Araceli Dans photo
A vintage photograph of Dans. Photo from UP Alumni

In the late 1940s, at around 16 years old, she enrolled at the University of the Philippines. In 1948, the School of Fine Arts was a ruin, bombed out by the war in what is now the Department of Justice building in Padre Faura. By the following year, she moved to the new campus in Diliman.

Her skill was so advanced that National Artist Fernando Amorsolo recognized her prodigious talent, and allowed her to complete a fine arts degree from the University of the Philippines in only three years so she could begin her painting career.

Amorsolo, the dean at the time, would become her mentor along with other faculty members, including sculptor and National Artist Guillermo Tolentino. Her classmates included Napoleon Abueva and Larry Alcala, both National Artists, as well as esteemed painter Juvenal Sansô.

At the time, Dans would support her family by painting portraits of her classmates for P20 each. Once, the director of the National Museum bought a painting that fetched the then-significant sum of P80. “I felt like I had won the sweepstakes,” she recalls. “The tuition for one semester at the time was P70.”

READ MORE: Araceli Dans at 86: ‘I just paint and paint’

Araceli Dans painting
The exquisite ‘Gift From the Sea I’ acrylic on canvas, 30 x 24 in. 2021

This contrasts with recent times when the painting “Gift from the Sea” sold at a Leon Gallery auction in 2021 for $44,069 (P2,102,400). It was painted in 2020, meaning that Dans already painted the exquisite work in her 90s.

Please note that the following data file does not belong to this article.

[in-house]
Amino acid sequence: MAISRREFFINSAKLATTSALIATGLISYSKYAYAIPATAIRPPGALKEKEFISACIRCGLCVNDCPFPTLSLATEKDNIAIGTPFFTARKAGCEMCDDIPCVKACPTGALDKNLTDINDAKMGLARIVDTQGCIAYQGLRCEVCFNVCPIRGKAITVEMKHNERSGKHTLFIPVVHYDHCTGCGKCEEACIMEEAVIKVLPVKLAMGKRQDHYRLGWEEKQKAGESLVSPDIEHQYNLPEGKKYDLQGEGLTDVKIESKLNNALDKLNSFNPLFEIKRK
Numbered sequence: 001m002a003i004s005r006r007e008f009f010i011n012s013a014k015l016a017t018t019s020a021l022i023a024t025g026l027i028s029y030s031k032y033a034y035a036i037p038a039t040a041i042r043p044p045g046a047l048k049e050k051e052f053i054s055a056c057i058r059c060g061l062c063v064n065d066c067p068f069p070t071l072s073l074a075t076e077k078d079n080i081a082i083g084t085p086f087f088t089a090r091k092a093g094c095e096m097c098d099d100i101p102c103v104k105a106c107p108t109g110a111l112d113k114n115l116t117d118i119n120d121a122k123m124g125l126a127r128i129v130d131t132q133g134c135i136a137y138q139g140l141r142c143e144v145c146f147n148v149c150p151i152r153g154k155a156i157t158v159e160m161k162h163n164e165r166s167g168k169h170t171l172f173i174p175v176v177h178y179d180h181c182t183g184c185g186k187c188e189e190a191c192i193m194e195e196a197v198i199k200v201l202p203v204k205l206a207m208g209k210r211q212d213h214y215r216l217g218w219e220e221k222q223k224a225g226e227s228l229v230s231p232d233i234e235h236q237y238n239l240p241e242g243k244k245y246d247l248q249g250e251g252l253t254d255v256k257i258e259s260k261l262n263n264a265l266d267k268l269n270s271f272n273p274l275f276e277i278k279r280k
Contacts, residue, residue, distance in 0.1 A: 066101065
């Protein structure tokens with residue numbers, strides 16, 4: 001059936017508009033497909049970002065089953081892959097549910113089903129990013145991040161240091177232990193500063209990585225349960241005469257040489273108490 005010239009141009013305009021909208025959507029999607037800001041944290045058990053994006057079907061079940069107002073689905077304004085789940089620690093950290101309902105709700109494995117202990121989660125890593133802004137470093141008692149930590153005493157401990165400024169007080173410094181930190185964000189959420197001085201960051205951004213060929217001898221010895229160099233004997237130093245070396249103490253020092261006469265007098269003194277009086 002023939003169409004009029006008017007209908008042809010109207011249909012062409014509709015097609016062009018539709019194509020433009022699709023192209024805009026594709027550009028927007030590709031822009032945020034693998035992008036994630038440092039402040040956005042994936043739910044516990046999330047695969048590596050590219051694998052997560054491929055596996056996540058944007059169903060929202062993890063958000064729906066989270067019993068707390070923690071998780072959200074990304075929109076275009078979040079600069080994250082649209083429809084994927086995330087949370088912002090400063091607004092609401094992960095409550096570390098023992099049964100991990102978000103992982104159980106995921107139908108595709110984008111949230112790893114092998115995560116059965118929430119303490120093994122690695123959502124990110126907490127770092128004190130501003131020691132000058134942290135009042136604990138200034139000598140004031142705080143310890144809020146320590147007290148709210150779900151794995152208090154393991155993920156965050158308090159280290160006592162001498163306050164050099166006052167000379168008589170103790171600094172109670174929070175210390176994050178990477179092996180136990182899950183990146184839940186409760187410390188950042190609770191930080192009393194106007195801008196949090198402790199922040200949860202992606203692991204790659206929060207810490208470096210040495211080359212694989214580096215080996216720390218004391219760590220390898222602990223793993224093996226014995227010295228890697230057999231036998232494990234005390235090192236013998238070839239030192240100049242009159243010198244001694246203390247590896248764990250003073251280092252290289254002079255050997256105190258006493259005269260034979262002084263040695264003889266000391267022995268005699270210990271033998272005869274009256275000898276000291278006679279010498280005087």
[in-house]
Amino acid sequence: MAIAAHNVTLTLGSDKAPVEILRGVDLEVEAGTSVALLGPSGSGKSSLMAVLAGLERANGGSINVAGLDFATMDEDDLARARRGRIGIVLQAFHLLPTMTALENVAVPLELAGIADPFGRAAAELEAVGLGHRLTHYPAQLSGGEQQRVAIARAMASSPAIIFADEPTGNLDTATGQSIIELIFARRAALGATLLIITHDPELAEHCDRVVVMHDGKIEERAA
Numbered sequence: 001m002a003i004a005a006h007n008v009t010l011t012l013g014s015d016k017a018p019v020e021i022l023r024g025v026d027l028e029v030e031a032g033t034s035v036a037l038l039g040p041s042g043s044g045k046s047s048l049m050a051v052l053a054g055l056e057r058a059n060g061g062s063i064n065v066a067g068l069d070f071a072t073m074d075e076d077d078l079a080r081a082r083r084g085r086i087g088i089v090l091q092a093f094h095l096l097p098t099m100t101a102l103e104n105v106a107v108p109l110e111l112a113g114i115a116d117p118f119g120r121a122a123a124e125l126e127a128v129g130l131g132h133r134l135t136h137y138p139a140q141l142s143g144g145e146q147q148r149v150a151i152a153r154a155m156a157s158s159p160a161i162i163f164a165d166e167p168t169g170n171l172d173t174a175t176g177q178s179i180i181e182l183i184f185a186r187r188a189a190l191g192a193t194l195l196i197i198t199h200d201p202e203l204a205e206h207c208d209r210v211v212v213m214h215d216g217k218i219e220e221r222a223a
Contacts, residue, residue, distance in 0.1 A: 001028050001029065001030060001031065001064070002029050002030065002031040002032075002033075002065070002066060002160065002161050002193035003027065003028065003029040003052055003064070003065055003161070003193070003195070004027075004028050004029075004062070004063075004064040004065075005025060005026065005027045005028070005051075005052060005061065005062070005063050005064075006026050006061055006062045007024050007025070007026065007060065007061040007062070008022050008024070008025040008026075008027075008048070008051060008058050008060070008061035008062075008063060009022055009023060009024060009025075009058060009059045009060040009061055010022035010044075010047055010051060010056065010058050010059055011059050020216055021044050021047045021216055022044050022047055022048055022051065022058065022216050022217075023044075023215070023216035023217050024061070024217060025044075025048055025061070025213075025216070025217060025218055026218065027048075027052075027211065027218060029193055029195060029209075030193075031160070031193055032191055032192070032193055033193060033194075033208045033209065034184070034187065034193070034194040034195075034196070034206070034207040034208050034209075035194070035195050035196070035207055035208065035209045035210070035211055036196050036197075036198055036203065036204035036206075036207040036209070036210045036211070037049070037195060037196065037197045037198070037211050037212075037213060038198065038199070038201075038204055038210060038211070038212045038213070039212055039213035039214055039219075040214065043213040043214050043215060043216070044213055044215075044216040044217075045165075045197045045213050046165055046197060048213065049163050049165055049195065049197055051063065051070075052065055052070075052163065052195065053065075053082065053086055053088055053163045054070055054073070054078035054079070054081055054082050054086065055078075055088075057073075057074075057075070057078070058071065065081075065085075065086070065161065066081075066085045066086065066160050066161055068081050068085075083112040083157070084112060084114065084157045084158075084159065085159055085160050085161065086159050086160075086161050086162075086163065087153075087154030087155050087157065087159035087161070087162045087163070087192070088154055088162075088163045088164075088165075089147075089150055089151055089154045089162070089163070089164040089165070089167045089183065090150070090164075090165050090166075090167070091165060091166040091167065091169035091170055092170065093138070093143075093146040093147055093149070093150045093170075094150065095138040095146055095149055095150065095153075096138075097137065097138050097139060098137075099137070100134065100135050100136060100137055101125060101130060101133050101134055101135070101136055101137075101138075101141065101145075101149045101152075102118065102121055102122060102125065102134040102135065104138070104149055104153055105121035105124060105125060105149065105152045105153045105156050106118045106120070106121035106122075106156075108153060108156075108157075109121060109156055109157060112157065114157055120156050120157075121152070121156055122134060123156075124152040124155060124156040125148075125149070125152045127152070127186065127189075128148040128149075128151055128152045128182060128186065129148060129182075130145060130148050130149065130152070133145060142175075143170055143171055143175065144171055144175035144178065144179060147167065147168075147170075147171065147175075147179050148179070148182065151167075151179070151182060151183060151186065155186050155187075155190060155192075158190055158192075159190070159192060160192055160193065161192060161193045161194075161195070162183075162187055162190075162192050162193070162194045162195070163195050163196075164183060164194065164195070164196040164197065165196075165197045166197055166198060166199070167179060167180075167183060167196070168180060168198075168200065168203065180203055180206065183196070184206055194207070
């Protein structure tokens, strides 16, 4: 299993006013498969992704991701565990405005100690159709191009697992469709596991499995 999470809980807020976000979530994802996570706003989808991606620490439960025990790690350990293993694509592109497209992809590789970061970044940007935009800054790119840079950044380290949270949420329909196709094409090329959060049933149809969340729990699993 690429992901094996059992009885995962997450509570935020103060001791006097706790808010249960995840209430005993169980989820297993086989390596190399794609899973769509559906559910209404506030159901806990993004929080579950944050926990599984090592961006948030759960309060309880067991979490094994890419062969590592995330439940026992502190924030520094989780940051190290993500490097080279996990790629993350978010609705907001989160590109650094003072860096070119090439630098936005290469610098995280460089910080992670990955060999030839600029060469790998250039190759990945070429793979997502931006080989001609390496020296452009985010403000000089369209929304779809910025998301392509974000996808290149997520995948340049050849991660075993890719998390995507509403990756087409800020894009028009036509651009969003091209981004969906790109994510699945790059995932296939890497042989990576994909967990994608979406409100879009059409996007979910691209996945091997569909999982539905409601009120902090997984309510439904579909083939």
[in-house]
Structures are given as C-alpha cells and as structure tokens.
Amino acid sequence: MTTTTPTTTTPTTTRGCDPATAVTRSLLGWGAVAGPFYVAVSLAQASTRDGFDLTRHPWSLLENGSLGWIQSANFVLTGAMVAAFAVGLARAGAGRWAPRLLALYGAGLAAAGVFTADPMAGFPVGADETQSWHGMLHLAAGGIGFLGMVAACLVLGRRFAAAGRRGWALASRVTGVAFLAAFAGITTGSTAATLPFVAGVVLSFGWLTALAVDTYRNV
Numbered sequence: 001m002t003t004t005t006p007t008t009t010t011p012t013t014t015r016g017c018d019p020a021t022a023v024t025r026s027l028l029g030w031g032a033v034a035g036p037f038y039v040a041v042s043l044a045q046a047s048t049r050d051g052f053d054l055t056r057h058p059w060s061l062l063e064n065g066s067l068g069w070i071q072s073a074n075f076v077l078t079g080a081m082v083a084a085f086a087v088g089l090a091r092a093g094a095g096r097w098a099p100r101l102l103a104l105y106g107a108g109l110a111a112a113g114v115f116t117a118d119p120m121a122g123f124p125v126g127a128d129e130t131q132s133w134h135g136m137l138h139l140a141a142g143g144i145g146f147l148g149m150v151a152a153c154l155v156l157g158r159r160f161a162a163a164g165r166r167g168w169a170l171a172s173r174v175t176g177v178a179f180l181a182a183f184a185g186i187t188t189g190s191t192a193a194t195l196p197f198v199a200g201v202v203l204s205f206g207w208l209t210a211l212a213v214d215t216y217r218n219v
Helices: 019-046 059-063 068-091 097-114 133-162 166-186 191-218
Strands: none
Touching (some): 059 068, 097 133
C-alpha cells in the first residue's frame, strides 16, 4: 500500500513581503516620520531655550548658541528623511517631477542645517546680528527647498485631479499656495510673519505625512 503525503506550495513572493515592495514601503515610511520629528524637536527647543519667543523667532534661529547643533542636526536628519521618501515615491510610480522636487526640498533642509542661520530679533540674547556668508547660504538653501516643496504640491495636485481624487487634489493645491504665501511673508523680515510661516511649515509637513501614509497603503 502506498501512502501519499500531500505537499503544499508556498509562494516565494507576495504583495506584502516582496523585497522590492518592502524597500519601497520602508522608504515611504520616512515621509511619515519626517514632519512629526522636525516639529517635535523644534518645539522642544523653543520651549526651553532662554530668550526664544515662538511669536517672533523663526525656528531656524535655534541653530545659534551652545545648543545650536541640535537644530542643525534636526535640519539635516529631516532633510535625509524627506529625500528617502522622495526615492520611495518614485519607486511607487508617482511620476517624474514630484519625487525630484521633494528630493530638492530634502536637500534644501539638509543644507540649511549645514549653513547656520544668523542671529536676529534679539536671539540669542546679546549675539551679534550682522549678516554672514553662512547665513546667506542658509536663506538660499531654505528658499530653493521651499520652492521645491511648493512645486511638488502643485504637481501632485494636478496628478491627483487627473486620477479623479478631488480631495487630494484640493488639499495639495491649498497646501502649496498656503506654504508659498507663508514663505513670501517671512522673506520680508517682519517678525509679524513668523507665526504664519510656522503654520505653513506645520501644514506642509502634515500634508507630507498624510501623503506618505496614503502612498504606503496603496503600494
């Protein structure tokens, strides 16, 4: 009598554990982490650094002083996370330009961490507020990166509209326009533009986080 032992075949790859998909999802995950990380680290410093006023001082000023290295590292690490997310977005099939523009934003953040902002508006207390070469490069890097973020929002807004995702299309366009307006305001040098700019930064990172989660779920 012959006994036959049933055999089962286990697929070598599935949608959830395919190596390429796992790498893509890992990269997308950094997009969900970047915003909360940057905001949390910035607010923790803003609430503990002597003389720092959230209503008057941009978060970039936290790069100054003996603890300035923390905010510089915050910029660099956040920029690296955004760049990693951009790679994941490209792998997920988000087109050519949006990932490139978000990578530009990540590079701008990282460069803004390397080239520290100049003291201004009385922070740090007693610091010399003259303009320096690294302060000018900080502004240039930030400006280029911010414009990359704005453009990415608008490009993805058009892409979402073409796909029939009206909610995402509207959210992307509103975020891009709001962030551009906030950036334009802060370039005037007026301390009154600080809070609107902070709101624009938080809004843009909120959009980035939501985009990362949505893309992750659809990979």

Calado paintings with a glowing inner life

The paintings of Dans are instantly recognizable for her meticulous depictions of delicate embroidery, vibrant flowers, and other textured still lifes, often against dark backgrounds that highlight her subjects in a stark manner. 

Araceli Dans painting
‘Callado’ watercolor on paper, 22 x 30 in. (1992)

She is known for painting the calado in watercolor, acrylic, and oil paint mediums. The calado, a traditional Philippine open-thread work pattern, is commonly used in barong Tagalog. Just like how the calado artisans require precision, patience, and skill to pull apart and put together the fibers, so did Dans through her paintbrush, with meticulous attention to detail in the lace-like textures.

Dans once said, “I found myself in still life. Not many people around the world do still life. And I looked for original ways of doing still life. Why does everything have to be on a table? Why always fruits and flowers? Why not rags, objects inside old cartons?”

She found her voice in these detailed still lifes with calado fabrics and domestic scenes that possessed a glowing sense of inner life.